Saturday, April 28, 2007

begging for sleep

Nebula and Hugo award winning author Nancy Kress has yet another wonderful combination with her Beggars Trilogy (also known as Sleepless trilogy) which starts off with Beggars in Spain, continues with Beggars and Choosers, and comes (almost) full circle with Beggars Ride (although all three books can easily stand alone.)
Beggars in Spain started out as a novella and that novella still seems visible within the novel, which had three very distinct parts (in some ways it might have been better left as a novella~or in separate parts as it did seem to drag on a bit, and the breaks were quite visible). The basic premise (though there are so many philosophical ideas and arguments tossed about in these books it's a little difficult to narrow down) is that if people could be genetically programmed to function without sleep they would be able to accomplish a great deal more. These genetically enhanced humans are known (logically enough) as Sleepless and not only do they have superior beauty and intelligence, they also do not seem to age. What could be better than that? Well apparently being like everybody else, because as societies have proven again and again, "if it is different we must destroy it." Examining issues of diversity, genetic engineering, meritocracy, socialism, separatism, and enterprisism, Beggars in Spain offers much food for thought without being too didactic.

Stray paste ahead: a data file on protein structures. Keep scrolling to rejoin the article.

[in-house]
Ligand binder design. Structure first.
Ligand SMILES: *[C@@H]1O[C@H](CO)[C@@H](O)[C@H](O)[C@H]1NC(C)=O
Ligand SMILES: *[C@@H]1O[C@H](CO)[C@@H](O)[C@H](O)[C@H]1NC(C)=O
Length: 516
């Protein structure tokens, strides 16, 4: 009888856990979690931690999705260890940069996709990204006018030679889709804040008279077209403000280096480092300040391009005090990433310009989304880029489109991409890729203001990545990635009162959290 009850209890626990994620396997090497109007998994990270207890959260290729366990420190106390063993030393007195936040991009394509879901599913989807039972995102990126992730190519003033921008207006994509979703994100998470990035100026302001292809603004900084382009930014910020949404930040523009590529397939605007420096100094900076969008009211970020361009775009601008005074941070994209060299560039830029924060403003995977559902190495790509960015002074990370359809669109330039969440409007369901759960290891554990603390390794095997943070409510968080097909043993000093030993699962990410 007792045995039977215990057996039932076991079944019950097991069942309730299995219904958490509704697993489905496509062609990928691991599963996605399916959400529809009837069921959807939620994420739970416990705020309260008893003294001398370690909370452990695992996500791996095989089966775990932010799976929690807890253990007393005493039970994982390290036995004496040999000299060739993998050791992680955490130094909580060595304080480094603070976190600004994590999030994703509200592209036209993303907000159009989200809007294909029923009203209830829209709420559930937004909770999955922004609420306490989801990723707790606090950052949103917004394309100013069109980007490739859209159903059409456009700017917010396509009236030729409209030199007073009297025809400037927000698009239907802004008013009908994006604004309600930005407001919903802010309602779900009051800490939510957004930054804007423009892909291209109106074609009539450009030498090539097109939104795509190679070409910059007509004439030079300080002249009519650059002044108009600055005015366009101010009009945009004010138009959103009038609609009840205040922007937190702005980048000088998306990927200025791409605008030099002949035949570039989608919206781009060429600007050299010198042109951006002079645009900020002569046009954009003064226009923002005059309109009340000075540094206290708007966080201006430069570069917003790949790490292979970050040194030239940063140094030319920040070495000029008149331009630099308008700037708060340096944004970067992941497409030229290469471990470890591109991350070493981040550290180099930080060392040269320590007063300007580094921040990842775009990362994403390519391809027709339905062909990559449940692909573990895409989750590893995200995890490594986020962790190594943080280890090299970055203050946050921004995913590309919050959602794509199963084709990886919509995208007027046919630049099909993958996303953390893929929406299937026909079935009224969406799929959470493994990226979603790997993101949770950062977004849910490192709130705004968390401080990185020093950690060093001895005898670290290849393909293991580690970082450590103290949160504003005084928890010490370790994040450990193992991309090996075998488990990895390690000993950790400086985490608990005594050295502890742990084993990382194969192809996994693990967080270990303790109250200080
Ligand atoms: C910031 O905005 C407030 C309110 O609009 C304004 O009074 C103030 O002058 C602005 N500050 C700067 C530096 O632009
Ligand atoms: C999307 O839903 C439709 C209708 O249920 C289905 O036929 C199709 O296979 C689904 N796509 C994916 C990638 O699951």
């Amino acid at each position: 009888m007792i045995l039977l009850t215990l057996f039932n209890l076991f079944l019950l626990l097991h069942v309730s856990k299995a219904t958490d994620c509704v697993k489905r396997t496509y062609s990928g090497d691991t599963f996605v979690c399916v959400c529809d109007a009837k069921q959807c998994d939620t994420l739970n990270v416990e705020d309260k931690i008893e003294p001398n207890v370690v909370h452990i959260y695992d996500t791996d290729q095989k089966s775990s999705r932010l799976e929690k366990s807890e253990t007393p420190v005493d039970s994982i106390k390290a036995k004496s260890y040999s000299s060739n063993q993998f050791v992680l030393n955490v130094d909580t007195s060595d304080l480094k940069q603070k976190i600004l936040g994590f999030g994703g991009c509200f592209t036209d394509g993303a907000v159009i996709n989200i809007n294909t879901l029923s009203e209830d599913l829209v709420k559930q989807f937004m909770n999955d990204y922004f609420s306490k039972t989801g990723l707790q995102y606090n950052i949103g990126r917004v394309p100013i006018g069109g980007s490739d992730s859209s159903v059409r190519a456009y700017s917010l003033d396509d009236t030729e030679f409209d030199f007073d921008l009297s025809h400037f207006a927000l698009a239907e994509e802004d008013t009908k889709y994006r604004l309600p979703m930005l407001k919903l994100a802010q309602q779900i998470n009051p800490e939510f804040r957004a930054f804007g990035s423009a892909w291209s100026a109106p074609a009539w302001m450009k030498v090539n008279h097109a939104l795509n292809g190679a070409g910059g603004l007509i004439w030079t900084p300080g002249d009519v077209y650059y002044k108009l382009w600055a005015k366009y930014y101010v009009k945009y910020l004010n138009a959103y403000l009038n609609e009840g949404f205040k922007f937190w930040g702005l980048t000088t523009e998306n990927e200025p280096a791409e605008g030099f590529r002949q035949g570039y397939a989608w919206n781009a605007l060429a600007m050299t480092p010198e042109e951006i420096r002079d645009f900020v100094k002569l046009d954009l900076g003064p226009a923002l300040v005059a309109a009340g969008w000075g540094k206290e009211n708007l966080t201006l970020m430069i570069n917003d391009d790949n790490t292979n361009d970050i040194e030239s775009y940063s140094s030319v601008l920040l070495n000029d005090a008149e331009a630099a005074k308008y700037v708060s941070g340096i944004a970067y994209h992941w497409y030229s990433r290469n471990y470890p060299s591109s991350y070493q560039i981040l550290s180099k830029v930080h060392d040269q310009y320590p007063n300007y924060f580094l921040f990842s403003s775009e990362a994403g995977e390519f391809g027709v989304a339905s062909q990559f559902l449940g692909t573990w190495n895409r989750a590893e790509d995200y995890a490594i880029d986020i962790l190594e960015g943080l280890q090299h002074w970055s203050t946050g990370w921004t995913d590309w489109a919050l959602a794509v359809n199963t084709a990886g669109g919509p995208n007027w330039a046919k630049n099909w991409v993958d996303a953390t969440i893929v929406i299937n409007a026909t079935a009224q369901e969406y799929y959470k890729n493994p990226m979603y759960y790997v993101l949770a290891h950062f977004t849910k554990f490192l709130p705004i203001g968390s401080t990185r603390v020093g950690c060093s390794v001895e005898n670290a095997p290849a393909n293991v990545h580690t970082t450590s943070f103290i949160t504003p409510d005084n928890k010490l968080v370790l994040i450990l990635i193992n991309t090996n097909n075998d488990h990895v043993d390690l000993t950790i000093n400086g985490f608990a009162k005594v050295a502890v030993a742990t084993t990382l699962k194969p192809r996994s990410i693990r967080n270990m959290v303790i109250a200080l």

Kress displays her flexibility and versatility in Beggars and Choosers by effectively alternating the narrative between four extremely different voices. Beggars and Choosers picks up about 15 years after Beggars in Spain ends. The world is further enmeshed in economic and social upheaval, and we now have the "Super-Sleepless" even more cognitively advanced than their Sleepless progenitors, and thus, more feared. More questions than answers here, but well worth considering, nonetheless.
Beggars Ride advances this continuum even further. This third novel seemed to be a bit more brutal and graphic than the other two (though looking back they all had their moments~perhaps i just felt my senses to be more assaulted at the beginning of Beggars Ride~perhaps because it is a tale of a society already in visible crisis...) The trilogy both keeps a continual narrative line alive while introducing new stories and characters; each book has its own tale to tell, and each tale is well worth hearing. All three books address moral and ethical concerns without offering easy answers. These are books that make you think. Kress is a very wise woman.
I think sometimes in our quest for convenience and economy we forget about enjoyment and delight. There is absolute joy to be taken in a stolen nap or a good meal that might be left behind if we find ways to circumvent sleep or other sources of nutrition. I know i don't want to let that go. Kress addresses so many more issues than this, some of which might have even flown right over my head, but i did want to get that thought out.

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